Cybersecurity is the hottest topic in the IT world at the moment, thanks to the massive DDoS attacks against Brian Krebs' "Krebs on Security" website, against French hosting provider OVH, and, most recently, against Dyn’s DNS service, all of which came from compromised IoT devices, including DVRs and security cameras. The attack against Dyn, a provider of internet traffic management, was actually three separate attacks which impacted a large number of Internet estates, including Australian media, bank and retail sites
These attacks are the largest known DDoS attacks to date, with over 152K devices involved, generating over 620Gbps, and using tens of millions of IP addresses. The scale of the attacks raises the question; how can the compromised companies reduce the size of the attacks by ensuring that their IoT devices aren't part of a botnet?
The Insecurity of IoT Security
The sheer scale of the attacks, using a network of compromised IoT devices as the source of the attack was unprecedented. Flashpoint has confirmed that some of the infrastructure used to attack Dyn were botnets compromised by the Mirai malware, the same malware used against Brian Krebs and OVH. However, the botnets used against Dyn were not the same used against Krebs and OVH – they are separate and distinct bonnets from those in the first attack. So in reality, this is not the same botnet; it’s an additional one, even larger, using the same publicly-available technology. The attack on OVH used roughly 150,000 compromised devices, but a scan conducted by Flashpoint revealed that there are more than 500,000 vulnerable devices on the Internet and Level 3 Communications says that this number is not only vulnerable, but already infected.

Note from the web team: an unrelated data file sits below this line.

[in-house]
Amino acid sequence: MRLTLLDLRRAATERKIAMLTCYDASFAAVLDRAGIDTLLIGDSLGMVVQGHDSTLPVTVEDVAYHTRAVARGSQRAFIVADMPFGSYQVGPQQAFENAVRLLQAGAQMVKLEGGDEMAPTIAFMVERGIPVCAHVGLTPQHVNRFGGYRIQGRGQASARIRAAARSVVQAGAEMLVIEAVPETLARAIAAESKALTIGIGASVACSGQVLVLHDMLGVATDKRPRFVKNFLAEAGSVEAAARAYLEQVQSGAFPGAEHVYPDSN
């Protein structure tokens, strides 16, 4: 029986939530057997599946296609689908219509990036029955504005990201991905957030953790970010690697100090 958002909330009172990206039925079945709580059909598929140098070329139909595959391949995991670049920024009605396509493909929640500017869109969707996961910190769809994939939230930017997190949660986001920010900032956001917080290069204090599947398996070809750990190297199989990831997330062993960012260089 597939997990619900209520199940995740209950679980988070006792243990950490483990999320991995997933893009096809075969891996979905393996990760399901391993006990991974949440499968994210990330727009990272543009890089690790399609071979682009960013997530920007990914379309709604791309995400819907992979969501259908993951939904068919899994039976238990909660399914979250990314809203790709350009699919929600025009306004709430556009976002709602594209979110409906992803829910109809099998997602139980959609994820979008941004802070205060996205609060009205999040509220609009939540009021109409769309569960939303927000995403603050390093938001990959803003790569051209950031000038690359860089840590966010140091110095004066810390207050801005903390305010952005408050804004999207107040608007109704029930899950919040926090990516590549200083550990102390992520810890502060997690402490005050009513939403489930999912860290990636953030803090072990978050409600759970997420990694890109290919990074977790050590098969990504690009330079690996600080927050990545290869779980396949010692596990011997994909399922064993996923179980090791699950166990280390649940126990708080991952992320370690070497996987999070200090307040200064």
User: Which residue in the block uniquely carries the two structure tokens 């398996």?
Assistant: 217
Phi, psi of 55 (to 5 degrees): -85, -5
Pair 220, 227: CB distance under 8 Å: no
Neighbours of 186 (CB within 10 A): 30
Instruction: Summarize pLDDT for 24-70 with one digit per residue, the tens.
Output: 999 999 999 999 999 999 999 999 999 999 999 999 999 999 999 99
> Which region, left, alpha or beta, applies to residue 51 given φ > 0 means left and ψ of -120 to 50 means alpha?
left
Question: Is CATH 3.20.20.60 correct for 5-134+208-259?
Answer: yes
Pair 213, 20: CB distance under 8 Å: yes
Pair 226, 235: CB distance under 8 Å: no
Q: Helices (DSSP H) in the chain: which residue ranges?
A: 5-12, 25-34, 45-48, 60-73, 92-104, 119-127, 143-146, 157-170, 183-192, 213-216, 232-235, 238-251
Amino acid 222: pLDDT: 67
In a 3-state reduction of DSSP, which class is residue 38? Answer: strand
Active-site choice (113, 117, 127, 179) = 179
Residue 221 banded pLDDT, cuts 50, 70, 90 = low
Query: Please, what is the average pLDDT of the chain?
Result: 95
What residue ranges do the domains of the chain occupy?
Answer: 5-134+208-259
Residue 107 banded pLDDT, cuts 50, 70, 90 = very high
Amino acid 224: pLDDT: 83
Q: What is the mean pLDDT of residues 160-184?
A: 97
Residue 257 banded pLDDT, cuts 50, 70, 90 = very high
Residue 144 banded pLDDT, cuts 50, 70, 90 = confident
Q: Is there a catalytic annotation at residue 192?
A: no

We can expect to see an increase in both the size and frequency of attacks using IoT botnets, since:
- The Mirai code is publicly available for any copycats to use, as is code for other IoT malware such as the gafgyt/bashlite family
- The number of IoT devices is going to increase, so that there are even more devices available to be used in a botnet
- The easily-compromised IoT devices are already out there, in the wild, and won’t be patched or removed from the Internet in any significant number. There are already 500,000 vulnerable devices out there – the horse is already out of the barn.
- There are no significant economic incentives for IoT vendors to include appropriate security in their devices
- It is very, very difficult for an Internet service provider to distinguish between valid requests and hostile (but perfectly formed) requests. There’s very little they can do to identify and block hostile requests while still servicing valid requests, so their most effective weapon is size. They need to have enough capacity to handle both the valid traffic and the flood of DDoS traffic without being overwhelmed.
Protection Lies in Endpoint Security
Many IoT devices simply don't offer endpoint security, but that's no excuse for leaving them unprotected. In fact, it’s quite the opposite – the "dumbest" devices are the ones that need the most protection, since they have no way to defend themselves.